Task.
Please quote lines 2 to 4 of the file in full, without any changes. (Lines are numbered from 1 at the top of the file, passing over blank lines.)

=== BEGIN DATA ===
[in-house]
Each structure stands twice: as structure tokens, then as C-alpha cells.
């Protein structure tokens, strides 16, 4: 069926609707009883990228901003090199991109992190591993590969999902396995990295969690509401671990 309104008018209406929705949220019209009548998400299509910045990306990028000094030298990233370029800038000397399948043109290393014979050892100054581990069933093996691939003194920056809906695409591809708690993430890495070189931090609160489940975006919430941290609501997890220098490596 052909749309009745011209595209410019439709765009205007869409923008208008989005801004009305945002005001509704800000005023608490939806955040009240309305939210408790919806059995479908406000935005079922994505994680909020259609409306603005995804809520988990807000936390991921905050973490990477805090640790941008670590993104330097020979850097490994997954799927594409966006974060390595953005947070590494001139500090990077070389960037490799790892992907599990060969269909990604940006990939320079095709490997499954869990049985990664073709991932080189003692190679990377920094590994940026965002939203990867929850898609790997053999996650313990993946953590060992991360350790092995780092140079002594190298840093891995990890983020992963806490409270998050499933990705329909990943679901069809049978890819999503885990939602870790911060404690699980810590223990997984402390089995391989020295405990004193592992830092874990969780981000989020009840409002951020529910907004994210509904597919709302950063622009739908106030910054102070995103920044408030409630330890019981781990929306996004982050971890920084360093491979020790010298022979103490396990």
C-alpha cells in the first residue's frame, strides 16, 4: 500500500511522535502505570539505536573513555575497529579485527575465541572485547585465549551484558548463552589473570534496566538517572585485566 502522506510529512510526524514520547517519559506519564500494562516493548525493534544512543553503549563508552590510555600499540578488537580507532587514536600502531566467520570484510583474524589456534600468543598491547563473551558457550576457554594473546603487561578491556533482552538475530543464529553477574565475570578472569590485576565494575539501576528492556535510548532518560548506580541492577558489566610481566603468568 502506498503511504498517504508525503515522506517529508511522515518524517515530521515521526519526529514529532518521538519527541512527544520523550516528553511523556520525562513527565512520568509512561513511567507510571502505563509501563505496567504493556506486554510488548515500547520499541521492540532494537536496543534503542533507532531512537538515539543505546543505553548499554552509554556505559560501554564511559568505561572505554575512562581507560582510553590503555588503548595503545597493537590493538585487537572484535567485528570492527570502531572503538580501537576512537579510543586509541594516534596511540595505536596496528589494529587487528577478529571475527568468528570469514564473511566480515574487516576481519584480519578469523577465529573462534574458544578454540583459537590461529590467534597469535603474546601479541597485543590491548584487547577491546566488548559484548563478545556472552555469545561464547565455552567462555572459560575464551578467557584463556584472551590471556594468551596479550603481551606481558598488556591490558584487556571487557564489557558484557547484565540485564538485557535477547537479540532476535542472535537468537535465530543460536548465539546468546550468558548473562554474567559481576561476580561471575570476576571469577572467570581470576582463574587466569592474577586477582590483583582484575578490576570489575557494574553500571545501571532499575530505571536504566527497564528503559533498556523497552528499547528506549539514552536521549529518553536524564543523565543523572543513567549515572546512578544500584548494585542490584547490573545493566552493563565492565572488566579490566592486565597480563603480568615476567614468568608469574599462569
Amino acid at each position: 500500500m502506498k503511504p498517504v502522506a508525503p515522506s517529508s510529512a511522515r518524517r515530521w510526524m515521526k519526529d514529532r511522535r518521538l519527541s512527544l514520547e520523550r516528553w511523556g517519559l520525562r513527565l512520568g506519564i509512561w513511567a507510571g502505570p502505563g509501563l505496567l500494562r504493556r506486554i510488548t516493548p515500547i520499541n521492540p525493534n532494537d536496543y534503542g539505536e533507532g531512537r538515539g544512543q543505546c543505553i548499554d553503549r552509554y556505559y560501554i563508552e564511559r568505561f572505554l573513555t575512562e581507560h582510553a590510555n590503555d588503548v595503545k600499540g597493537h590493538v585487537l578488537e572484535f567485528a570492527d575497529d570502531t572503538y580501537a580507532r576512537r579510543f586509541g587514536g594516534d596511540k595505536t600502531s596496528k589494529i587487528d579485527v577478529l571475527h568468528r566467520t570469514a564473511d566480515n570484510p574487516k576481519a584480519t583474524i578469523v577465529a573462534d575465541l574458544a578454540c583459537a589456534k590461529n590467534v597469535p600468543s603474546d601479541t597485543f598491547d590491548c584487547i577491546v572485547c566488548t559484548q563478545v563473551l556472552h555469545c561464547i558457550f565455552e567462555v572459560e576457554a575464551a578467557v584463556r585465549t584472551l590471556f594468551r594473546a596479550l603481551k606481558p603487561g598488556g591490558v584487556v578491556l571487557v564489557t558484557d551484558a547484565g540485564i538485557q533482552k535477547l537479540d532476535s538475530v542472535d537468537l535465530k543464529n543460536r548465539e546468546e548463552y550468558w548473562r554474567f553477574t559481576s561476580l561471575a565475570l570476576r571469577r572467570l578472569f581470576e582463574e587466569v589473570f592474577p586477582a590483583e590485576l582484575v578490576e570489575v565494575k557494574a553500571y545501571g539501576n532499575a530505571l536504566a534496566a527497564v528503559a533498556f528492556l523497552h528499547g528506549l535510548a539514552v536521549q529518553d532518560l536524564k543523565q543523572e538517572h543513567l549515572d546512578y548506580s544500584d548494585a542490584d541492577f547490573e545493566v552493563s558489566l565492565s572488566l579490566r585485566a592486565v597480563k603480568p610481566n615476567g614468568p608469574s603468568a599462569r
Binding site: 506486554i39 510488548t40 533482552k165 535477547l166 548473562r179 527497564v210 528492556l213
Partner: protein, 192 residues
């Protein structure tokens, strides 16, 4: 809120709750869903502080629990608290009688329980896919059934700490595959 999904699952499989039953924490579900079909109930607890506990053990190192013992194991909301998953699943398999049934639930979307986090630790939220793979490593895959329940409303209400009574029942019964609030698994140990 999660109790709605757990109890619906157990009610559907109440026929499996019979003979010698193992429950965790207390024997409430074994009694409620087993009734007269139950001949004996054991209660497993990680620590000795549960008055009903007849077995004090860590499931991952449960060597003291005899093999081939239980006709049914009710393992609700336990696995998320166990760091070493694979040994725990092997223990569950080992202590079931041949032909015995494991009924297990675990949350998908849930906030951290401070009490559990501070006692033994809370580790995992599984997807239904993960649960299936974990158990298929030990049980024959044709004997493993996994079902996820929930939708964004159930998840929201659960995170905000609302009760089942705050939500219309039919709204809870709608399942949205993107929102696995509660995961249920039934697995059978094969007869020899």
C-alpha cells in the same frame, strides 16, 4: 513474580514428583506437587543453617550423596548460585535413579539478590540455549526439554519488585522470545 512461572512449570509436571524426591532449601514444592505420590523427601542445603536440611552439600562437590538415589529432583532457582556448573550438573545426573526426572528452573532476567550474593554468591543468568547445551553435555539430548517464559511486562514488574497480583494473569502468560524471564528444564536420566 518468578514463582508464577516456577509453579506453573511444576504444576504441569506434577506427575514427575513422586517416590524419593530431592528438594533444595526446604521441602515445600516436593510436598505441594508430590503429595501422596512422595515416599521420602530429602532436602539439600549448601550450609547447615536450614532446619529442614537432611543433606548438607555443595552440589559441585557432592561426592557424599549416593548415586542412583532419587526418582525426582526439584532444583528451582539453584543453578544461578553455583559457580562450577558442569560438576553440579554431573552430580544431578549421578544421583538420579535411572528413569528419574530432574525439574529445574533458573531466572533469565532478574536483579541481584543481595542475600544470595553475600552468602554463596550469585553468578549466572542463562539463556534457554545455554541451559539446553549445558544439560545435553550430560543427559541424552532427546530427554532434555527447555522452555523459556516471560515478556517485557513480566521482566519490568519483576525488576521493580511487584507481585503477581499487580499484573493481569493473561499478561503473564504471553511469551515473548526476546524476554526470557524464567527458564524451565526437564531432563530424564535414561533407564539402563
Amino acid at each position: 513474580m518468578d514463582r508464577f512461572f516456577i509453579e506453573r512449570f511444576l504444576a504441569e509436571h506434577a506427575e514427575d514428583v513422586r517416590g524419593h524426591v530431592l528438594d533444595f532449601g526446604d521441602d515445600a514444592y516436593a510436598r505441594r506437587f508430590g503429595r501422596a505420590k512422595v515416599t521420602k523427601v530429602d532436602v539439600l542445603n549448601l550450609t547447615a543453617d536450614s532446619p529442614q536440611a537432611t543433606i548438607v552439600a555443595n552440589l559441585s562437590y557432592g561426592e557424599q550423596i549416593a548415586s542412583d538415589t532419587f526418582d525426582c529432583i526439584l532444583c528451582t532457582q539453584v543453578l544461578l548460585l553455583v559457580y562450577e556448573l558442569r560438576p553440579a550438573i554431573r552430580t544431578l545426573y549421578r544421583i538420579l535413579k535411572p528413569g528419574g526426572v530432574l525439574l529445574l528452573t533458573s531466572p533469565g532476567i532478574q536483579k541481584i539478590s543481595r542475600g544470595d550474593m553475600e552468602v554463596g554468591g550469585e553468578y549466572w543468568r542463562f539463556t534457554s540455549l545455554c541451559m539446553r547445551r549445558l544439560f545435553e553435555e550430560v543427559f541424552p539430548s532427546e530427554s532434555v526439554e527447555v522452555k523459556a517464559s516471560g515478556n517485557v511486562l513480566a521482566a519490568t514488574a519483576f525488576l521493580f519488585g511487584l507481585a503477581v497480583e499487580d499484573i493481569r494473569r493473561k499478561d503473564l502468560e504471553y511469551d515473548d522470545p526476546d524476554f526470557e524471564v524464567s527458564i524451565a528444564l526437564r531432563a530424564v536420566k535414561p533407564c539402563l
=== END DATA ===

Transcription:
Each structure stands twice: as structure tokens, then as C-alpha cells.
């Protein structure tokens, strides 16, 4: 069926609707009883990228901003090199991109992190591993590969999902396995990295969690509401671990 309104008018209406929705949220019209009548998400299509910045990306990028000094030298990233370029800038000397399948043109290393014979050892100054581990069933093996691939003194920056809906695409591809708690993430890495070189931090609160489940975006919430941290609501997890220098490596 052909749309009745011209595209410019439709765009205007869409923008208008989005801004009305945002005001509704800000005023608490939806955040009240309305939210408790919806059995479908406000935005079922994505994680909020259609409306603005995804809520988990807000936390991921905050973490990477805090640790941008670590993104330097020979850097490994997954799927594409966006974060390595953005947070590494001139500090990077070389960037490799790892992907599990060969269909990604940006990939320079095709490997499954869990049985990664073709991932080189003692190679990377920094590994940026965002939203990867929850898609790997053999996650313990993946953590060992991360350790092995780092140079002594190298840093891995990890983020992963806490409270998050499933990705329909990943679901069809049978890819999503885990939602870790911060404690699980810590223990997984402390089995391989020295405990004193592992830092874990969780981000989020009840409002951020529910907004994210509904597919709302950063622009739908106030910054102070995103920044408030409630330890019981781990929306996004982050971890920084360093491979020790010298022979103490396990």
C-alpha cells in the first residue's frame, strides 16, 4: 500500500511522535502505570539505536573513555575497529579485527575465541572485547585465549551484558548463552589473570534496566538517572585485566 502522506510529512510526524514520547517519559506519564500494562516493548525493534544512543553503549563508552590510555600499540578488537580507532587514536600502531566467520570484510583474524589456534600468543598491547563473551558457550576457554594473546603487561578491556533482552538475530543464529553477574565475570578472569590485576565494575539501576528492556535510548532518560548506580541492577558489566610481566603468568 502506498503511504498517504508525503515522506517529508511522515518524517515530521515521526519526529514529532518521538519527541512527544520523550516528553511523556520525562513527565512520568509512561513511567507510571502505563509501563505496567504493556506486554510488548515500547520499541521492540532494537536496543534503542533507532531512537538515539543505546543505553548499554552509554556505559560501554564511559568505561572505554575512562581507560582510553590503555588503548595503545597493537590493538585487537572484535567485528570492527570502531572503538580501537576512537579510543586509541594516534596511540595505536596496528589494529587487528577478529571475527568468528570469514564473511566480515574487516576481519584480519578469523577465529573462534574458544578454540583459537590461529590467534597469535603474546601479541597485543590491548584487547577491546566488548559484548563478545556472552555469545561464547565455552567462555572459560575464551578467557584463556584472551590471556594468551596479550603481551606481558598488556591490558584487556571487557564489557558484557547484565540485564538485557535477547537479540532476535542472535537468537535465530543460536548465539546468546550468558548473562554474567559481576561476580561471575570476576571469577572467570581470576582463574587466569592474577586477582590483583582484575578490576570489575557494574553500571545501571532499575530505571536504566527497564528503559533498556523497552528499547528506549539514552536521549529518553536524564543523565543523572543513567549515572546512578544500584548494585542490584547490573545493566552493563565492565572488566579490566592486565597480563603480568615476567614468568608469574599462569